Skip to main content
The Globe and Mail
Support Quality Journalism
The Globe and Mail
First Access to Latest
Investment News
Collection of curated
e-books and guides
Inform your decisions via
Globe Investor Tools
Just$1.99
per week
for first 24 weeks

Enjoy unlimited digital access
Enjoy Unlimited Digital Access
Get full access to globeandmail.com
Just $1.99 per week for the first 24 weeks
Just $1.99 per week for the first 24 weeks
var select={root:".js-sub-pencil",control:".js-sub-pencil-control",open:"o-sub-pencil--open",closed:"o-sub-pencil--closed"},dom={},allowExpand=!0;function pencilInit(o){var e=arguments.length>1&&void 0!==arguments[1]&&arguments[1];select.root=o,dom.root=document.querySelector(select.root),dom.root&&(dom.control=document.querySelector(select.control),dom.control.addEventListener("click",onToggleClicked),setPanelState(e),window.addEventListener("scroll",onWindowScroll),dom.root.removeAttribute("hidden"))}function isPanelOpen(){return dom.root.classList.contains(select.open)}function setPanelState(o){dom.root.classList[o?"add":"remove"](select.open),dom.root.classList[o?"remove":"add"](select.closed),dom.control.setAttribute("aria-expanded",o)}function onToggleClicked(){var l=!isPanelOpen();setPanelState(l)}function onWindowScroll(){window.requestAnimationFrame(function() {var l=isPanelOpen(),n=0===(document.body.scrollTop||document.documentElement.scrollTop);n||l||!allowExpand?n&&l&&(allowExpand=!0,setPanelState(!1)):(allowExpand=!1,setPanelState(!0))});}pencilInit(".js-sub-pencil",!1); // via darwin-bg var slideIndex = 0; carousel(); function carousel() { var i; var x = document.getElementsByClassName("subs_valueprop"); for (i = 0; i < x.length; i++) { x[i].style.display = "none"; } slideIndex++; if (slideIndex> x.length) { slideIndex = 1; } x[slideIndex - 1].style.display = "block"; setTimeout(carousel, 2500); }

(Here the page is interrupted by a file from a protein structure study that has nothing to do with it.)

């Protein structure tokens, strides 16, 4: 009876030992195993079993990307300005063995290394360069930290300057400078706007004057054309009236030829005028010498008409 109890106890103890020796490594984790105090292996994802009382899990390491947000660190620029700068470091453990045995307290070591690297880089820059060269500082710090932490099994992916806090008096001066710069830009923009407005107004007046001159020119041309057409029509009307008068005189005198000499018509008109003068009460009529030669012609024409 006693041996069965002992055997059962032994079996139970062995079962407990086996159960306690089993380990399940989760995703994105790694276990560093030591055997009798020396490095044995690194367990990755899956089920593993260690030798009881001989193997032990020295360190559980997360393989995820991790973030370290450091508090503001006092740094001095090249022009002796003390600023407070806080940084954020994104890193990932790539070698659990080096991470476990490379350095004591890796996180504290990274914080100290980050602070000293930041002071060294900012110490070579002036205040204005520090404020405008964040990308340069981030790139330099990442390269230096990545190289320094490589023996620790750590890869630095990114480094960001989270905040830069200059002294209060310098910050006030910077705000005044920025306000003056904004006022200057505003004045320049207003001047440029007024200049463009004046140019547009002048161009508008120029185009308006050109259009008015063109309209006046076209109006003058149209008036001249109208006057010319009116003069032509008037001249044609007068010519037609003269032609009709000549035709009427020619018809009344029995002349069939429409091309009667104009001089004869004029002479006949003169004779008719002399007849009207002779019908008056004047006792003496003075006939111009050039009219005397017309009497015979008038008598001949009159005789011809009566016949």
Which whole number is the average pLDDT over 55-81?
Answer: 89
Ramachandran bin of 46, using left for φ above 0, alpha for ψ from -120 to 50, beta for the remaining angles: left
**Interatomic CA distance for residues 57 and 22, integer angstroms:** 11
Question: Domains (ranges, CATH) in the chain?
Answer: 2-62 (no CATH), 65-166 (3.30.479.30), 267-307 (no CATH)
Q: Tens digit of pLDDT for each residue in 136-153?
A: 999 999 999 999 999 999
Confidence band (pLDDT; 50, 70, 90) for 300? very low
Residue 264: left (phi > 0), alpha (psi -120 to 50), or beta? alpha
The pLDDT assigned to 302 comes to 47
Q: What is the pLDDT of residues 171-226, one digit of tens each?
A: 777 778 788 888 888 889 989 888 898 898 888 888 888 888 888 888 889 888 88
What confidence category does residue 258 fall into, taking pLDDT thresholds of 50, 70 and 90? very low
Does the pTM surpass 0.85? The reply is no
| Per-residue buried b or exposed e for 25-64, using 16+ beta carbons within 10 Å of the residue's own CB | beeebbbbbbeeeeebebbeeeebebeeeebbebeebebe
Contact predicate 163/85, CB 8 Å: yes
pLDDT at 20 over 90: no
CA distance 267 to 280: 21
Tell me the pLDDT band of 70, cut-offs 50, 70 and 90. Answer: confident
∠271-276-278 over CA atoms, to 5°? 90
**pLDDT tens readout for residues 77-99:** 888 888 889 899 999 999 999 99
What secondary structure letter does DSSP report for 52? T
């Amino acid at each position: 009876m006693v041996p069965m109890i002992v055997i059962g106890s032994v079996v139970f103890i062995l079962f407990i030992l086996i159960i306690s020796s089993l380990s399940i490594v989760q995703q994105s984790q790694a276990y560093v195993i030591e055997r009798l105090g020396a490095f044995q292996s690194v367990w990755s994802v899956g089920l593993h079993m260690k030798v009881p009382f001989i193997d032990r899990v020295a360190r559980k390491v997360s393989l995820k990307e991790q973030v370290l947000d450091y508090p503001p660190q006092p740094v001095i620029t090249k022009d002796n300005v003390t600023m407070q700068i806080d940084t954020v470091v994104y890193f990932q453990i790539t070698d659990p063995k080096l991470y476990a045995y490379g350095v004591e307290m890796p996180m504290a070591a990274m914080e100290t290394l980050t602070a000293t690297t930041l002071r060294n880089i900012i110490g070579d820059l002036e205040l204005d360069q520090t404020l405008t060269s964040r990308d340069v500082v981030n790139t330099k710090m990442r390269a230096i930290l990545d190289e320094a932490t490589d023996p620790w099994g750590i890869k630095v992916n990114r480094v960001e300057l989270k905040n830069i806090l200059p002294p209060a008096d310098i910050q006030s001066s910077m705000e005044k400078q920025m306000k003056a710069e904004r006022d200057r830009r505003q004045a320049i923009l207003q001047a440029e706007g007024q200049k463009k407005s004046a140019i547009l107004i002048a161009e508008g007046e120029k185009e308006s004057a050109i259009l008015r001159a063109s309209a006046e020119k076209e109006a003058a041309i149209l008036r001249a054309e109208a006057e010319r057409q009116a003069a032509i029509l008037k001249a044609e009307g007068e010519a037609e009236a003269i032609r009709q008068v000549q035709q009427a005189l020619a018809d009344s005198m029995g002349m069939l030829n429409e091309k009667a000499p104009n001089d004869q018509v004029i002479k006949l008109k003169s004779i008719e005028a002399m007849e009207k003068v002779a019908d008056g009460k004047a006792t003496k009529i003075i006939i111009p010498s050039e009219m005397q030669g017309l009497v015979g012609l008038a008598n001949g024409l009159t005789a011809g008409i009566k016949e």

There's a reason why most of us eat turkey but twice a year. Sure, we treasure turkey as ritual, and, yes, some people admire high-protein, low-fat gobbler as dense fuel. But turkey as gastronomy doesn't really make sense – especially prepared the traditional way. That's why the Thanksgiving-Christmas turkey industrial complex feeds us ever more novel ways to coax a little joy from what we all know to be the driest, toughest, blandest protein money can buy. We return holiday after holiday with a new trick in tow, certain that this season's bird will be different. This will be the Christmas when your $80 heritage breed will shine because you are going to brine, Thompson, deep-fry, or smoke some life into it. Maybe all of the above.

Some of these tricks work, of course. But the most important piece of advice? Abandon the idea of roasting the bird whole. We think of turkey as a single piece of meat, but I like to think of it as three separate preparations that evolution combined into one delicious package. Sacrilege, I know, but the tradition of a caramelized bird filled to bursting with stuffing is the very reason turkey usually sucks. If tradition dictates that our most cherished meals must feature either overcooked breast or undercooked legs and thighs, in addition to the risk of food-borne illness from stuffing, then it's time to abandon tradition.